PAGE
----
Talking to the doctor mid-withdrawal, he said that I could have taken it every other day at the 10 mg before going completely off. Unfortunately, by then I was more than a month in, so it didn’t make sense to me to start taking it againnto help with the weaning off.

A New Me

Me, smiling, wearing a pink tank top and blue baseball cap.  Behind me, my husband, grinning, wearing a grey t-shirt with his sun glasses hanging down.  This was our first hike in a couple of years.  I finally felt well enough to participate.
First time backpacking since I became sick. It was a wonderful two days.

July 2020

This July has brought me back to myself and to the joys of summer that I had missed so much. Certainly, I’m having to pace more than I used to and be cognizant of what my body is telling me. I now must take care of myself. If I don’t, then I will have a day or more where my body will hold me down to attend to rest, hydration, nutrition, meditation, stretching, myofacial release, sleep, etc.

My family, friends, and myself have come to understand that I will do things in smaller chunks over a longer period of time. And while that was not at all how I had functioned prior to developing Fibromyalgia (non-stop go without eat, sleep, etc. to get something done), we all have come to know I can now plan and participate within my wellness protocol.

Wander Woman Camping Trip

It was wonderful connecting with friends, even during COVID.
We each had quarantined before hand and we didn’t come in contact with others while we camped at a lovely state park on Lake Michigan.
This was my first such trip since developing Fibromyalgia in June of 2018.

During the second week of July, I was able to camp for a few days, adding in a short hike and swim each day, with my friend group we lovingly call Wander Women. I was able to show them myself protocol; they were especially interested in my making a solution with distilled water and LDN pill.

I ended up needing to go home a day earlier than the rest. While I was doing pretty well, I could tell that one more night on the thin sleeping pad was going to be one night too long. My friends readily understood why I had to say goodbye. However, we made plans for them to visit me at my house (outside only and taking the same precautions) later in the summer.

We hiked in 5-miles to find a wonderful spot to set up camp for the night.
We saw no one but three women passing by on the trail during the two days on the river trail.

Two Day Hike and Camp Trip for Two

My husband, who had just gotten back from a week of hiking Pictured Rocks in northern Michigan, was quick to set up an overnight hike/camp trip on the North Country Trail about an hour’s drive north of us for the last week of July. After my camping and hiking experience with the Wander Women, I felt that I might be up to doing it. However, it had been 3-summers ago since I last did such a trip.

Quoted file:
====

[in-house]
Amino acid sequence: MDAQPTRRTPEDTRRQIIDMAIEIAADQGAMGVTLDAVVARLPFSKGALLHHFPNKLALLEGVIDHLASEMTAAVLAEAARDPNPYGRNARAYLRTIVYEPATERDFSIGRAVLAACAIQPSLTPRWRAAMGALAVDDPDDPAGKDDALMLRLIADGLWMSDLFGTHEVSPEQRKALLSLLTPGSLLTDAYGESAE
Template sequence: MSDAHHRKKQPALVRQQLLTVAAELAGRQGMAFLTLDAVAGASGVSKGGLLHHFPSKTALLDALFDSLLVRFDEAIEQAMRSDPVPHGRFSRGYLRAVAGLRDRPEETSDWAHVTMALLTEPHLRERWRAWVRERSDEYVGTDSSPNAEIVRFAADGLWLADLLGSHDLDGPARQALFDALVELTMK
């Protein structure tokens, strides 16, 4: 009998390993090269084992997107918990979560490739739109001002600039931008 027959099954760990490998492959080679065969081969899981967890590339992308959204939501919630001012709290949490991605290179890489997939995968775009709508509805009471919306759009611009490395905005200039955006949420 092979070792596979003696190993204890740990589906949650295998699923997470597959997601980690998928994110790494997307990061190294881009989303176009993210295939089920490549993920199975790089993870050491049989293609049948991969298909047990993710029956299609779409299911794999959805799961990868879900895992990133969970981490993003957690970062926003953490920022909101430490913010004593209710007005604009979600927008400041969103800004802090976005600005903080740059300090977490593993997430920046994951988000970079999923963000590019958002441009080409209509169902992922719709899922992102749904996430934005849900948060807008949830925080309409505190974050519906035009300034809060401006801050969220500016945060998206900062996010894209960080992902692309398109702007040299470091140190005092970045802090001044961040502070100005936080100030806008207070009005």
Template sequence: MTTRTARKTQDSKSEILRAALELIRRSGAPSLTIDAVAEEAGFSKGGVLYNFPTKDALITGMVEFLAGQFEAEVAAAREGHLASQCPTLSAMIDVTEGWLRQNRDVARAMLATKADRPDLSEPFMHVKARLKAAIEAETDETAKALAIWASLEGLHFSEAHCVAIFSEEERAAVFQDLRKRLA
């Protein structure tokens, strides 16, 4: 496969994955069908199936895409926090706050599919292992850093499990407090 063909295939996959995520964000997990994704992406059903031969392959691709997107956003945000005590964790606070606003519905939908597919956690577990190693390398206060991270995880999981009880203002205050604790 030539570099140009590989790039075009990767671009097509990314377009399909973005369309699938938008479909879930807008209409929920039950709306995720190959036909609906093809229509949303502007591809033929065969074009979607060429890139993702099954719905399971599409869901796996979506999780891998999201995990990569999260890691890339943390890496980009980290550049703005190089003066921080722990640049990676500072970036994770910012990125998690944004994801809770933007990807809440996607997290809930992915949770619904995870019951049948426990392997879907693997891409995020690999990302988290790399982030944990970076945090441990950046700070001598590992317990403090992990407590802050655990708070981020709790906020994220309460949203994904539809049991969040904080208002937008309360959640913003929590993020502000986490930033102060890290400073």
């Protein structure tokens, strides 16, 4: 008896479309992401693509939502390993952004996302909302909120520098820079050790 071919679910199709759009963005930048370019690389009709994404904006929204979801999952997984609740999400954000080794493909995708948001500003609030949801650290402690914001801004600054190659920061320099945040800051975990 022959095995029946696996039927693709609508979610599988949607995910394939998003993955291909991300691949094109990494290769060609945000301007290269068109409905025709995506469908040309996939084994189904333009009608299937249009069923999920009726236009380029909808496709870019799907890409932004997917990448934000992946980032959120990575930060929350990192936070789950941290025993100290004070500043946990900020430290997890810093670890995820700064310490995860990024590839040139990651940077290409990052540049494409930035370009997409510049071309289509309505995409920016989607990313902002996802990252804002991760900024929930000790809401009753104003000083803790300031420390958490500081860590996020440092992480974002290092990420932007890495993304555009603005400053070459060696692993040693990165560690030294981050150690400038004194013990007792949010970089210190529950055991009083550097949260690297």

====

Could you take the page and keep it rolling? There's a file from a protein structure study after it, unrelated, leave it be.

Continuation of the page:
While I was useless in helping with the preparation (too worn out after having a wonderful sleepover with our granddaughter), I was excited to see if I would be able to carry a pack, hike, and sleep in a tent with a pretty thin mat between me and Mother Earth.

What a wonderful trip! I felt so grateful and energized by being in the woods. I will admit, however, that I didn’t sleep well. We will be replacing the thin mats for the next time.

We’ve decided that hiking to a spot, setting up camp, and then hiking from that base will be our way of going from now on. That provides enough chance to rest and recuperate, and it isn’t as difficult to hike since we don’t have the pack on all the time. In the past, we would hike to a spot, set up camp, make dinner, etc, and in the morning pack everything up to be on our way to the next camp site on down the trail.

Realizing that the energy it takes to one carry all the equipment necessary for camping on our backs for the entire hike as well as energy necessary for the setting up and tearing down each day, we realized that we needed to adjust our expectations and modify our energy output.

By setting up camp in one spot and doing day hikes from there, we could take small day packs with snacks and essentials only for the hike. Kelley carried the heavier quarts of water, so I really had almost no extra weight to carry. Also, using my walking sticks (see my post on Nordic Walking and how it aids those of us living with chronic pain), I was able to do the nine mile hike the first day.

Hiking and wilderness camping is something that inspires my soul. This first trip since developing Fibromyalgia gave me hope that I can participate in such things again. #hiking #fibromyalgia #fullyliving #pacing #knowinglimits

Knowing My Limits

By the time we headed back on the second day, I was definitely hitting my limit. My legs were aching and I was feeling weak and fatigued. However, after getting back to the car, doing some myofascial release, and eating dinner at a restaurant with an outside patio, I felt much better.

Admittedly, when I got back home, I had several down days. I had to rest up and do almost nothing. But, the experience, greatly outweighed taking these days for rest and repair. Hiking and wilderness camping is something that inspires my soul. This first trip since developing Fibromyalgia gave me hope that I can participate in such things again.